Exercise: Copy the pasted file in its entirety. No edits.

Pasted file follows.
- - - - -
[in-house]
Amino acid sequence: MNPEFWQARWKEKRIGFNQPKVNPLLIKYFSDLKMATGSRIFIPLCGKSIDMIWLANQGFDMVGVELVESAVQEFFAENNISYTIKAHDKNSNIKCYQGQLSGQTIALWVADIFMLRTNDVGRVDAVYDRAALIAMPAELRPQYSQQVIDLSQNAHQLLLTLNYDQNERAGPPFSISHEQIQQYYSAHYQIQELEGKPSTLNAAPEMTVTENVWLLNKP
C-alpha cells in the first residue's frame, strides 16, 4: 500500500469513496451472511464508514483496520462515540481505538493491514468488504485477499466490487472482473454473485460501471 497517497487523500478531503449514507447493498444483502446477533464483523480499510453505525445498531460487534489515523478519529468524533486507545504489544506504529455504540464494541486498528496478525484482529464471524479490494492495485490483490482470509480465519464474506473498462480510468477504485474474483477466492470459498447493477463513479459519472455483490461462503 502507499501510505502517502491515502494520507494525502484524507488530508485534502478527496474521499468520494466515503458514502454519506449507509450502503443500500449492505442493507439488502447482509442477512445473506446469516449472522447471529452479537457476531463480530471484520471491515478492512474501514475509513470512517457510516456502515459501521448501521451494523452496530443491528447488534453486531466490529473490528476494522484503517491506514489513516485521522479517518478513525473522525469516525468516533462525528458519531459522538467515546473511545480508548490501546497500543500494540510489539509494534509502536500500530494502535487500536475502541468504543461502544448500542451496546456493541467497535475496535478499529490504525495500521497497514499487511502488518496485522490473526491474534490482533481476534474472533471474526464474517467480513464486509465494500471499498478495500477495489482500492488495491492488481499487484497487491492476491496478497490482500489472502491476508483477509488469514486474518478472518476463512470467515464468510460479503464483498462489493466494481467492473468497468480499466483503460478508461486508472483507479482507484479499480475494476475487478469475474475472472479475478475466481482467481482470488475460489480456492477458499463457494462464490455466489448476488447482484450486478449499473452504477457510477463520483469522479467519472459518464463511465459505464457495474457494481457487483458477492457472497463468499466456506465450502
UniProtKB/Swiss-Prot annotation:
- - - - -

[in-house]
Amino acid sequence: MNPEFWQARWKEKRIGFNQPKVNPLLIKYFSDLKMATGSRIFIPLCGKSIDMIWLANQGFDMVGVELVESAVQEFFAENNISYTIKAHDKNSNIKCYQGQLSGQTIALWVADIFMLRTNDVGRVDAVYDRAALIAMPAELRPQYSQQVIDLSQNAHQLLLTLNYDQNERAGPPFSISHEQIQQYYSAHYQIQELEGKPSTLNAAPEMTVTENVWLLNKP
C-alpha cells in the first residue's frame, strides 16, 4: 500500500469513496451472511464508514483496520462515540481505538493491514468488504485477499466490487472482473454473485460501471 497517497487523500478531503449514507447493498444483502446477533464483523480499510453505525445498531460487534489515523478519529468524533486507545504489544506504529455504540464494541486498528496478525484482529464471524479490494492495485490483490482470509480465519464474506473498462480510468477504485474474483477466492470459498447493477463513479459519472455483490461462503 502507499501510505502517502491515502494520507494525502484524507488530508485534502478527496474521499468520494466515503458514502454519506449507509450502503443500500449492505442493507439488502447482509442477512445473506446469516449472522447471529452479537457476531463480530471484520471491515478492512474501514475509513470512517457510516456502515459501521448501521451494523452496530443491528447488534453486531466490529473490528476494522484503517491506514489513516485521522479517518478513525473522525469516525468516533462525528458519531459522538467515546473511545480508548490501546497500543500494540510489539509494534509502536500500530494502535487500536475502541468504543461502544448500542451496546456493541467497535475496535478499529490504525495500521497497514499487511502488518496485522490473526491474534490482533481476534474472533471474526464474517467480513464486509465494500471499498478495500477495489482500492488495491492488481499487484497487491492476491496478497490482500489472502491476508483477509488469514486474518478472518476463512470467515464468510460479503464483498462489493466494481467492473468497468480499466483503460478508461486508472483507479482507484479499480475494476475487478469475474475472472479475478475466481482467481482470488475460489480456492477458499463457494462464490455466489448476488447482484450486478449499473452504477457510477463520483469522479467519472459518464463511465459505464457495474457494481457487483458477492457472497463468499466456506465450502
UniProtKB/Swiss-Prot annotation: